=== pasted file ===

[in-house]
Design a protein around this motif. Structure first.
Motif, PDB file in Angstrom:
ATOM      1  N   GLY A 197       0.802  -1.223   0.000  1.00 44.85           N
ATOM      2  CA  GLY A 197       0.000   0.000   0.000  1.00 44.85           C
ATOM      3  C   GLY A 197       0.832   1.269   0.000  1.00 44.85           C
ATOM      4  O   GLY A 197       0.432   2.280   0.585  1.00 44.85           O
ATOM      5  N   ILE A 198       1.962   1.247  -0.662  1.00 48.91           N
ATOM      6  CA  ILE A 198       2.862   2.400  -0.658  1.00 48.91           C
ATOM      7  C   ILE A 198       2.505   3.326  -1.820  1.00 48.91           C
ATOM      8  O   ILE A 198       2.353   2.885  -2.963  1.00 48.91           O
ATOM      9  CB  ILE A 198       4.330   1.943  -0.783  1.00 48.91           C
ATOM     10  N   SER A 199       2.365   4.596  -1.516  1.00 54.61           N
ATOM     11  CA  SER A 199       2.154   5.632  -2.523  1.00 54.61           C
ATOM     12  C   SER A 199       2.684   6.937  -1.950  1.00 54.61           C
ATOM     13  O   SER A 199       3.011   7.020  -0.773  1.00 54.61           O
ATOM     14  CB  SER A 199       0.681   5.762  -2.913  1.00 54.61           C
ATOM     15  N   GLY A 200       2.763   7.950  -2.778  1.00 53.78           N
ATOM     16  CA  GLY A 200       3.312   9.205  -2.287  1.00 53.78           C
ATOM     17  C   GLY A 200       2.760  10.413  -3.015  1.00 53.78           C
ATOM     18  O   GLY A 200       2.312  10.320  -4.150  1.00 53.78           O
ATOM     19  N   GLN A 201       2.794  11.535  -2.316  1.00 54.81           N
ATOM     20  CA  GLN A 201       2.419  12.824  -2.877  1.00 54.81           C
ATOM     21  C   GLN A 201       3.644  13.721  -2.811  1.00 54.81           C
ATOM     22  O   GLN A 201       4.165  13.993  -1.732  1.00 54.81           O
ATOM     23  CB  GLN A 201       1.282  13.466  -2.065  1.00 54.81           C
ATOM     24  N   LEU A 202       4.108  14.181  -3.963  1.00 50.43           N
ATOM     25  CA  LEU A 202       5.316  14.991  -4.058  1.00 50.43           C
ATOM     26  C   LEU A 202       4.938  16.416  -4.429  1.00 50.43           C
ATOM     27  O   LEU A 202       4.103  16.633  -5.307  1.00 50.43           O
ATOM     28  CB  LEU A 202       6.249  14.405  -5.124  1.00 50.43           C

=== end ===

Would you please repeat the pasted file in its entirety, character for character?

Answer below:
[in-house]
Design a protein around this motif. Structure first.
Motif, PDB file in Angstrom:
ATOM      1  N   GLY A 197       0.802  -1.223   0.000  1.00 44.85           N
ATOM      2  CA  GLY A 197       0.000   0.000   0.000  1.00 44.85           C
ATOM      3  C   GLY A 197       0.832   1.269   0.000  1.00 44.85           C
ATOM      4  O   GLY A 197       0.432   2.280   0.585  1.00 44.85           O
ATOM      5  N   ILE A 198       1.962   1.247  -0.662  1.00 48.91           N
ATOM      6  CA  ILE A 198       2.862   2.400  -0.658  1.00 48.91           C
ATOM      7  C   ILE A 198       2.505   3.326  -1.820  1.00 48.91           C
ATOM      8  O   ILE A 198       2.353   2.885  -2.963  1.00 48.91           O
ATOM      9  CB  ILE A 198       4.330   1.943  -0.783  1.00 48.91           C
ATOM     10  N   SER A 199       2.365   4.596  -1.516  1.00 54.61           N
ATOM     11  CA  SER A 199       2.154   5.632  -2.523  1.00 54.61           C
ATOM     12  C   SER A 199       2.684   6.937  -1.950  1.00 54.61           C
ATOM     13  O   SER A 199       3.011   7.020  -0.773  1.00 54.61           O
ATOM     14  CB  SER A 199       0.681   5.762  -2.913  1.00 54.61           C
ATOM     15  N   GLY A 200       2.763   7.950  -2.778  1.00 53.78           N
ATOM     16  CA  GLY A 200       3.312   9.205  -2.287  1.00 53.78           C
ATOM     17  C   GLY A 200       2.760  10.413  -3.015  1.00 53.78           C
ATOM     18  O   GLY A 200       2.312  10.320  -4.150  1.00 53.78           O
ATOM     19  N   GLN A 201       2.794  11.535  -2.316  1.00 54.81           N
ATOM     20  CA  GLN A 201       2.419  12.824  -2.877  1.00 54.81           C
ATOM     21  C   GLN A 201       3.644  13.721  -2.811  1.00 54.81           C
ATOM     22  O   GLN A 201       4.165  13.993  -1.732  1.00 54.81           O
ATOM     23  CB  GLN A 201       1.282  13.466  -2.065  1.00 54.81           C
ATOM     24  N   LEU A 202       4.108  14.181  -3.963  1.00 50.43           N
ATOM     25  CA  LEU A 202       5.316  14.991  -4.058  1.00 50.43           C
ATOM     26  C   LEU A 202       4.938  16.416  -4.429  1.00 50.43           C
ATOM     27  O   LEU A 202       4.103  16.633  -5.307  1.00 50.43           O
ATOM     28  CB  LEU A 202       6.249  14.405  -5.124  1.00 50.43           C